September 9, 2007 Septemberfest Nyack, NY

This show was on a whole just disappointing, No where on the application or on the web site does it seem like this is anything other than an art/craft show, but it isn’t. It is a street fair filled with cheap imported junk- from wood bowls for $10, to sunglasses, and filled with cheap jewelry. The other soap lady there didn’t even make her soap, it was glycerin soap from some overseas company, with the name and place it’s made stamped right on each bar. She was selling those for 5/$10.

Somehow I didn’t loose money, but I sure didn’t make any either. I was between the pretzel people and the computer fix it company, so I knew right as I arrived that I was probably not going to have a good day. The other real crafters I talked to didn’t fare that well either. And you know you’re in trouble when there is only 4 port-a-pots in the whole place, and the food vendors have a dollar menu. This combination spells out low attendance that doesn’t want to spend money.
Once again, another one bites the dust…

September 3-9 2007 Week 36

Monday my dad was here. The day was dedicated to painting the bedroom and going through our extensive DVD list and making sure it is up to date.

Tuesday in the morning I brought my dad to rent a car so he could continue on his vacation. I put chlorine in the hot tub, paid bills, made a few phone calls, cleaned the cat pan, took out the garbage, went to the bank, bought more cat pan liners, cleaned the cat water bowl, made some salads, rearranged my cookbooks and got rid of some I don’t use, and finished arranging the DVD’s.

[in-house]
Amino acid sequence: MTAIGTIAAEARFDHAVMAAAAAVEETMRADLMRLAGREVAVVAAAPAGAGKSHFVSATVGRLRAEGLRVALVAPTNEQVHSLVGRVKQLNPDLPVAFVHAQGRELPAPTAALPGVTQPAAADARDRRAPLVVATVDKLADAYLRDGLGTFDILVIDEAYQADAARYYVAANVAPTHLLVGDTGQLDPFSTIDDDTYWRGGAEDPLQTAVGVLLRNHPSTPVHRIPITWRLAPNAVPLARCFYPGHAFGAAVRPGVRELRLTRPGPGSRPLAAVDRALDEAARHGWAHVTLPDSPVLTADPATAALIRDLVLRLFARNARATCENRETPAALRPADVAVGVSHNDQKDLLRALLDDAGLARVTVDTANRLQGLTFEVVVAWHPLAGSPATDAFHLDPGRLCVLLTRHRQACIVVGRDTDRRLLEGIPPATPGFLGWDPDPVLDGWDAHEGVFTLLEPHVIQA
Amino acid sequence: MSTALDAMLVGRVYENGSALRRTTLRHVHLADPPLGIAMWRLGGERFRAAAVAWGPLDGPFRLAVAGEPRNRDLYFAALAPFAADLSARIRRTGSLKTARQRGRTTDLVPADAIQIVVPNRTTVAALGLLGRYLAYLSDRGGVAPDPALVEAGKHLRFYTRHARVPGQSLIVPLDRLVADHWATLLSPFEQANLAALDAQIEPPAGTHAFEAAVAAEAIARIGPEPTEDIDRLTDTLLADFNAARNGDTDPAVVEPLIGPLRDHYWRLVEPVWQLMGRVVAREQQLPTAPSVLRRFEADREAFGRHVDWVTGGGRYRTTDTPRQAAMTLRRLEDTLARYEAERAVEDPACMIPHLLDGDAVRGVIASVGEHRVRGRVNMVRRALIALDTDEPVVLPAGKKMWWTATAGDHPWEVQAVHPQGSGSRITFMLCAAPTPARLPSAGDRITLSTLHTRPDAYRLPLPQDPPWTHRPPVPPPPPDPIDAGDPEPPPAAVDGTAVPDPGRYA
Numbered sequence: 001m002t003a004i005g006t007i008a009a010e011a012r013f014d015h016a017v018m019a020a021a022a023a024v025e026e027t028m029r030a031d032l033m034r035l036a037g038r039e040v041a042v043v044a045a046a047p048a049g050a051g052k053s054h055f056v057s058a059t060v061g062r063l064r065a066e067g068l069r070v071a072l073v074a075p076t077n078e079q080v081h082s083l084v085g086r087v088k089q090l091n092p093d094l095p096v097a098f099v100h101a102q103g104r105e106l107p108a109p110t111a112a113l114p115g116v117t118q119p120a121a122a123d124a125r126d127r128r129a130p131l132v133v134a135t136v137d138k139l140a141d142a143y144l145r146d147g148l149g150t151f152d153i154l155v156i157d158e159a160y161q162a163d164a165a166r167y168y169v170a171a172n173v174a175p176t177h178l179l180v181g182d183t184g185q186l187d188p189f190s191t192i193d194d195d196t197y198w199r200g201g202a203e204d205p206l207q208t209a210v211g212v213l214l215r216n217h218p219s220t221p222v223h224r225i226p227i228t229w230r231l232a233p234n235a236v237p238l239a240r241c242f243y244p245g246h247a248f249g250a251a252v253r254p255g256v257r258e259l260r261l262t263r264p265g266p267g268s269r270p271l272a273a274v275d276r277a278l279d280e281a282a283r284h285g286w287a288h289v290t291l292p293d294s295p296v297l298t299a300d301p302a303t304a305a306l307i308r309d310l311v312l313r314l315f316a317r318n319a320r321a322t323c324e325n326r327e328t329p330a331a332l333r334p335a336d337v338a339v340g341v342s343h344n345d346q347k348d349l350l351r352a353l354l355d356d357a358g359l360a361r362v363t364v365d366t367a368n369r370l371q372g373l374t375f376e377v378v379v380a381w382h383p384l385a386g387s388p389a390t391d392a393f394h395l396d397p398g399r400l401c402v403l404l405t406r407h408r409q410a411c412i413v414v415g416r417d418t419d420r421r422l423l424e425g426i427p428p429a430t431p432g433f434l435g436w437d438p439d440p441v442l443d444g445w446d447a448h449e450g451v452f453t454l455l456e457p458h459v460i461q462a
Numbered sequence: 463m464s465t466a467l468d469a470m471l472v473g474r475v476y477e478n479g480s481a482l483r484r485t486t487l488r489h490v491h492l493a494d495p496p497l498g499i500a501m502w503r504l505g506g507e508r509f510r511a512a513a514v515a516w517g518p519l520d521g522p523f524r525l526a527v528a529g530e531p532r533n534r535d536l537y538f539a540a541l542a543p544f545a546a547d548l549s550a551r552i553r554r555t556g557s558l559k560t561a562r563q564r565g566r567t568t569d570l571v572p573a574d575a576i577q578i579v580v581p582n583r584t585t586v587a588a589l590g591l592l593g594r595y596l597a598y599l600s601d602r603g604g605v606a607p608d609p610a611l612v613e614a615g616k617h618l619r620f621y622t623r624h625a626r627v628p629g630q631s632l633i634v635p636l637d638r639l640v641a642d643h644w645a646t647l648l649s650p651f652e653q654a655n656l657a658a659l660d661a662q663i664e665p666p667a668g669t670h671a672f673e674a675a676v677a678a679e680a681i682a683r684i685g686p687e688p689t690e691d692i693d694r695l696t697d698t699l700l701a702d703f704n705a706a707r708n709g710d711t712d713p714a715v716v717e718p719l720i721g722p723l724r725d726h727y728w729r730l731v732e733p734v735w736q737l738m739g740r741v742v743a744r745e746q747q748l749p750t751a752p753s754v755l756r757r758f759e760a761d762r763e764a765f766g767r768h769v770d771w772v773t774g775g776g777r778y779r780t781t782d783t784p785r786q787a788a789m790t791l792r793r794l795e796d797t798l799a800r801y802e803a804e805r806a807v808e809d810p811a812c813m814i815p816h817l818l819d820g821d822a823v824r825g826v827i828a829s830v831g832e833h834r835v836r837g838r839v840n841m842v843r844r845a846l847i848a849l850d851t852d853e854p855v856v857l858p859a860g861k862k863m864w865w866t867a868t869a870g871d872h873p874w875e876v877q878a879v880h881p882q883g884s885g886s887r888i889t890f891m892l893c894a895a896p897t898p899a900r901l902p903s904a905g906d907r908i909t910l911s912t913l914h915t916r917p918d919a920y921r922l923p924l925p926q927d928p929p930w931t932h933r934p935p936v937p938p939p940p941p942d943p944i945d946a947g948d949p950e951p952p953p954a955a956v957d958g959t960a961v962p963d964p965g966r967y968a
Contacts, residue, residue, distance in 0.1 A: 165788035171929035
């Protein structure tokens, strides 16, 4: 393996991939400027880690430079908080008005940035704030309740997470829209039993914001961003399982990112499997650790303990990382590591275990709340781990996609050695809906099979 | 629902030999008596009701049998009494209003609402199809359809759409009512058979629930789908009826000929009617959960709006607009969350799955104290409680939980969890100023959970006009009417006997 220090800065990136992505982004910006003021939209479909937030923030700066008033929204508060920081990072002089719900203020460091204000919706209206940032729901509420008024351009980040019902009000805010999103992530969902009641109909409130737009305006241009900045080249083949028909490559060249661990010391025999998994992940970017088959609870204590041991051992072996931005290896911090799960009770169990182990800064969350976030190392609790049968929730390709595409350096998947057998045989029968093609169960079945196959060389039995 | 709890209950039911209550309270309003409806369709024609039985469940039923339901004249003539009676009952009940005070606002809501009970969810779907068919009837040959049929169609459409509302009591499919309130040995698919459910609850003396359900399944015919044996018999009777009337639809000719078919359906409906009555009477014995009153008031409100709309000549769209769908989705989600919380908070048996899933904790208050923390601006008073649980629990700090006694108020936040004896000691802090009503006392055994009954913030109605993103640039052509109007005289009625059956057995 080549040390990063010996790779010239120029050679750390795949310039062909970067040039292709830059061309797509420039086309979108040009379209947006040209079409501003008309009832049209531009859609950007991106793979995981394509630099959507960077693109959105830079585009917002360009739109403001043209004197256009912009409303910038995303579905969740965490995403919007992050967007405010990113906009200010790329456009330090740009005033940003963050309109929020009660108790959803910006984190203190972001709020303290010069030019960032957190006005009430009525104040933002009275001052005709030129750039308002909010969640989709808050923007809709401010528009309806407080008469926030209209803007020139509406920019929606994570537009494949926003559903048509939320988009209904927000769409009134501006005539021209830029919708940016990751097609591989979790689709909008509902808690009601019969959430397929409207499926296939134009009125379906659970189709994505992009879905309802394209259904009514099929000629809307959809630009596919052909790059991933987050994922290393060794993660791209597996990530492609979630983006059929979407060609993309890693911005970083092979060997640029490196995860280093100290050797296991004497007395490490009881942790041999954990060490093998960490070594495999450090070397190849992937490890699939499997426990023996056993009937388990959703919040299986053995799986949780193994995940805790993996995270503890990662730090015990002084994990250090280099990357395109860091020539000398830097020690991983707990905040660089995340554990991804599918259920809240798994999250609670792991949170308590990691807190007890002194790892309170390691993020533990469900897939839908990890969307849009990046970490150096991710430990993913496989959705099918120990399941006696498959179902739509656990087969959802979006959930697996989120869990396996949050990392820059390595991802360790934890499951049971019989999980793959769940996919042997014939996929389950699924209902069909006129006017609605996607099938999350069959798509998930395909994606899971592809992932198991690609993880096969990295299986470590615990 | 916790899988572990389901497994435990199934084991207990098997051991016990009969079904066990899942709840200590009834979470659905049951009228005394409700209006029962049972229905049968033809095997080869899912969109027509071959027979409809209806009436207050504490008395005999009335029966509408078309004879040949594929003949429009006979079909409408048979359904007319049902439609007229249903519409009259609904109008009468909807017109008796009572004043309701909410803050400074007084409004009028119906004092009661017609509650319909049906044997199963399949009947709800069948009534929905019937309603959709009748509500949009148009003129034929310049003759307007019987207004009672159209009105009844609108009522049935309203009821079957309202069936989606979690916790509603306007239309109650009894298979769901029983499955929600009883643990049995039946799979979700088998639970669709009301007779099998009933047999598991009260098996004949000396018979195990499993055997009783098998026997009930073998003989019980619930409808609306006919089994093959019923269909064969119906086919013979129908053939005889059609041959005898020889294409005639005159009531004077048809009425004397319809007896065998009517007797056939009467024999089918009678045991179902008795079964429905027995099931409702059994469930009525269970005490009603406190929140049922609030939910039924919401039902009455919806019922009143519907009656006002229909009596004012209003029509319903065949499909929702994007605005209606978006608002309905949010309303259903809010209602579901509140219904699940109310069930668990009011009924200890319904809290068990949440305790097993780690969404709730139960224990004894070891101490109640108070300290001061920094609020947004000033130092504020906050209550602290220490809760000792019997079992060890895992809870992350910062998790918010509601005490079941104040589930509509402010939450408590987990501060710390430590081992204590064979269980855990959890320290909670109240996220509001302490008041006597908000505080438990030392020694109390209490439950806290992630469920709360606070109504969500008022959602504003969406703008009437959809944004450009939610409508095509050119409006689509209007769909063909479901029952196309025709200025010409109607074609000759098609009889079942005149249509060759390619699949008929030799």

Wednesday I helped H get together his application for MLAC. I answered S’s email so we could arrange when she could deliver my purchase from Fire Mountain Gems, I typed up and e-mailed out my newsletter, and I finished a project I had to do regarding zip codes and my average sales.

Thursday I printed out my newsletter, went to MLAC for the jury session, stopped at Trader Joe’s for some groceries, finished my fragrance spreadsheet of all my samples, and C and I went to Kohl’s to buy a rug for the bedroom.

Friday I cut up soap into bars and milled as well. I also made soap, labeled my fragrances and go a bunch of new purchases rebottled, and did both laundry and dishes.

Saturday I finished painting the wall, packed the van, gardened, and went to a bazillion yard sales where I found some cute glass bottles, a cool green ceramic bathtub, and some books on gardening and knitting. Dad came back in the afternoon and we all went to a nice dinner out.
Sunday: We got up early and went to the Nyack craft show and after the show we all went to dinner at a place Dad had found while biking around town


Herb of the Week: Garlic

Herb of the Week

The information provided below is for reference only. It is not to be used as a medical manual or as any guide to treatment. These are merely meant to be a way to learn about herbs and their uses in history and today. Seek medical advice before using any herbs as they are often dangerous when used without guidance.

When I begin researching an herb I typically start in two places: Rodale's Illustrated Encyclopedia of Herbs (by copy is from 1987) and the PDR for Herbal Medicines (Third Edition). So since I haven't actually referenced a written work since college, I'll point out what information I have gotten from which source the best I can)

This weeks herb is: Garlic Allium sativum Lilaceae

Common names: Allium, Clove Garlic, Common Garlic, Poor Man’s Treacle, Stinking Rose, Heal All, Rustic’s Treacle

Rodale, pages 215-219